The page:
A Microsoft television ad that debuted Sunday night is the beginning of a new campaign that aims to connect and boost the company’s major retail products — Windows, Office, Xbox and Windows Phone — in the minds of consumers.
Timed for the holiday shopping season, it comes as Microsoft’s consumer technologies face strong competition from Apple, Sony, Google and other major tech brands in stores around the world. Windows and Office are trying to overcome the sluggish economy, Xbox 360 is looking to maintain its momentum, and Windows Phone just needs people to know it exists.
For Microsoft, the campaign is unique for the way it will bring together those multiple products, aiming to create a halo effect.
For example, the little-known Windows Phone could benefit from an association with the “trust and credibility” of Windows and Office, which in turn could benefit from the “energy and excitement” of the Xbox, said David Webster, the company’s chief marketing strategist.
“We think of it as a family portrait, if you will,” Webster said. “Instead of looking at individual products, we’re seeing the group shot.”
That concept of family has double-meaning. The tag line for the campaign is “It’s a great time to be a family.” As reflected in the first ad, Microsoft will use the commercials to offer a positive take on the influence of technology on families, in contrast to the “alone together” syndrome in which people sit in the same room but interact with their screens rather than each other.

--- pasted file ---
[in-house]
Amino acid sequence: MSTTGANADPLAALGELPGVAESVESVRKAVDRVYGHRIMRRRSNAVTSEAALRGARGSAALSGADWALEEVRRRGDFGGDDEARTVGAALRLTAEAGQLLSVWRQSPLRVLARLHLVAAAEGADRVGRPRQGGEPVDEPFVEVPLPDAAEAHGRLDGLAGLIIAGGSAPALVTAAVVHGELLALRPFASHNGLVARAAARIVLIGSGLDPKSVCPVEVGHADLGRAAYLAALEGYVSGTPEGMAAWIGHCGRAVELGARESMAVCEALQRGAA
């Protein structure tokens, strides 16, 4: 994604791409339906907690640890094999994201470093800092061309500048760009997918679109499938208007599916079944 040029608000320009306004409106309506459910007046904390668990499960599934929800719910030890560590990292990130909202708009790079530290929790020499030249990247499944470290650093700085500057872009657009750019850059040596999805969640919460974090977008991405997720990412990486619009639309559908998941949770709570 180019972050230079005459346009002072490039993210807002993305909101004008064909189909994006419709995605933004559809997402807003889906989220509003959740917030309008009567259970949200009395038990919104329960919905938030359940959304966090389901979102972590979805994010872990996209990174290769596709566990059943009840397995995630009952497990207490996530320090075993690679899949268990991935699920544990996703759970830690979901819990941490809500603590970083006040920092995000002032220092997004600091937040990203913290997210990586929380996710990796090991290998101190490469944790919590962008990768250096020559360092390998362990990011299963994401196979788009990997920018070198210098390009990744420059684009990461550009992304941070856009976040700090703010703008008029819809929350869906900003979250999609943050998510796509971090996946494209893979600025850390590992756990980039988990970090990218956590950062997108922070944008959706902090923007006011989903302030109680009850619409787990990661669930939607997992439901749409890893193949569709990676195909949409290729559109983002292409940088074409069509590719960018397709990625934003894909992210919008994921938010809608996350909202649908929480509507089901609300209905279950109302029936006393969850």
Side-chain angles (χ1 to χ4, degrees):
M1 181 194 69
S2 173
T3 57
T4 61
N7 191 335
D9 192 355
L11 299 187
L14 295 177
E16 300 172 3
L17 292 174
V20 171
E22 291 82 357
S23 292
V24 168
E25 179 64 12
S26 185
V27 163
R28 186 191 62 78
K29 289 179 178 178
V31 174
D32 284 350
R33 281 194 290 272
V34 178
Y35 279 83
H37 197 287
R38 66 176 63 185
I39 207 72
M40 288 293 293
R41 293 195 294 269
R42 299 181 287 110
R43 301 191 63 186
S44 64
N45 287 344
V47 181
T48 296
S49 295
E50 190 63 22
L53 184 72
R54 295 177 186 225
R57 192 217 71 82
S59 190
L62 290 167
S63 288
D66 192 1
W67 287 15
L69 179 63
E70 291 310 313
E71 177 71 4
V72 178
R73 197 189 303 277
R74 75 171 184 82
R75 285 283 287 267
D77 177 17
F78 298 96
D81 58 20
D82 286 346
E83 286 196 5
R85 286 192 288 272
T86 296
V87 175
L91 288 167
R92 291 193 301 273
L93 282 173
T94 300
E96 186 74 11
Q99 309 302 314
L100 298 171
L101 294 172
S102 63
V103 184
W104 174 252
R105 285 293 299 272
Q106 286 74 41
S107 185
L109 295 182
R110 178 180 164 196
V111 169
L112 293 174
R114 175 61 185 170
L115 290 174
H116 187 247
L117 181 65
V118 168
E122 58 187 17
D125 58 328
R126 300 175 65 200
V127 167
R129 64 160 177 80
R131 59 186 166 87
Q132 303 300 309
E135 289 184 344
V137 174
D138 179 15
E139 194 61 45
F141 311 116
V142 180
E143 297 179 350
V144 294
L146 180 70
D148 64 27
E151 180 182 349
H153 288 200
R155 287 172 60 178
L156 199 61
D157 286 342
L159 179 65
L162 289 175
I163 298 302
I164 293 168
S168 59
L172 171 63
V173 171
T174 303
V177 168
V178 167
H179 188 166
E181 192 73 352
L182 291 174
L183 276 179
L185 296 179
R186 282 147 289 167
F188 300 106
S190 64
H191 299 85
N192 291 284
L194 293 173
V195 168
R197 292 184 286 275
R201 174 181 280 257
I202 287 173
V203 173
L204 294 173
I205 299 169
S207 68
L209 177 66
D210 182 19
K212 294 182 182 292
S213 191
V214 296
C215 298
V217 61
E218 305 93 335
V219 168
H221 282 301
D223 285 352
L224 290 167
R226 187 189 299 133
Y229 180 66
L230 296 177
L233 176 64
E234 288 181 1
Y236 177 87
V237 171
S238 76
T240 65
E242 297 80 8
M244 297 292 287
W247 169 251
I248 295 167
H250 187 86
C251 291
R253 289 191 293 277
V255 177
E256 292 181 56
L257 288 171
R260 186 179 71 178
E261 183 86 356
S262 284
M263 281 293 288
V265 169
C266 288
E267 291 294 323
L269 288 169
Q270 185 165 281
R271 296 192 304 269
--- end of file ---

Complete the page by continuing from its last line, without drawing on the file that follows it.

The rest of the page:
“Technology is just a tool. It’s like fire. It can heat your house. It can burn your house down. It’s all in the manner of how you end up using it,” Webster said. “In our case, we really strive to make products that excel at bringing people together.”
The fact that Microsoft doesn’t have a major consumer product launch this holiday season, apart from the Windows Phone 7.5 “Mango” update, is another reason the company decided to take the multi-product approach.
The company has produced hits and misses on the advertising front in recent years. Microsoft’s “Laptop Hunter” ads successfully highlighted the price advantage of Windows PCs over Apple Macs, while an offbeat series of ads featuring Bill Gates and Jerry Seinfeld mostly left people scratching their heads.
Microsoft isn’t saying how much it’s spending on the latest campaign. But it’s easily one of the biggest ever rolled out by the company — considering the global scope, the multiple products and the focus on TV ads and online video. Using past campaigns as a benchmark, that translates into hundreds of millions of dollars.
Webster said he doesn’t exactly have a scoreboard in his office ranking Microsoft campaigns historically, but he acknowledged that it’s “a significant investment on our part to tell a story this broadly.”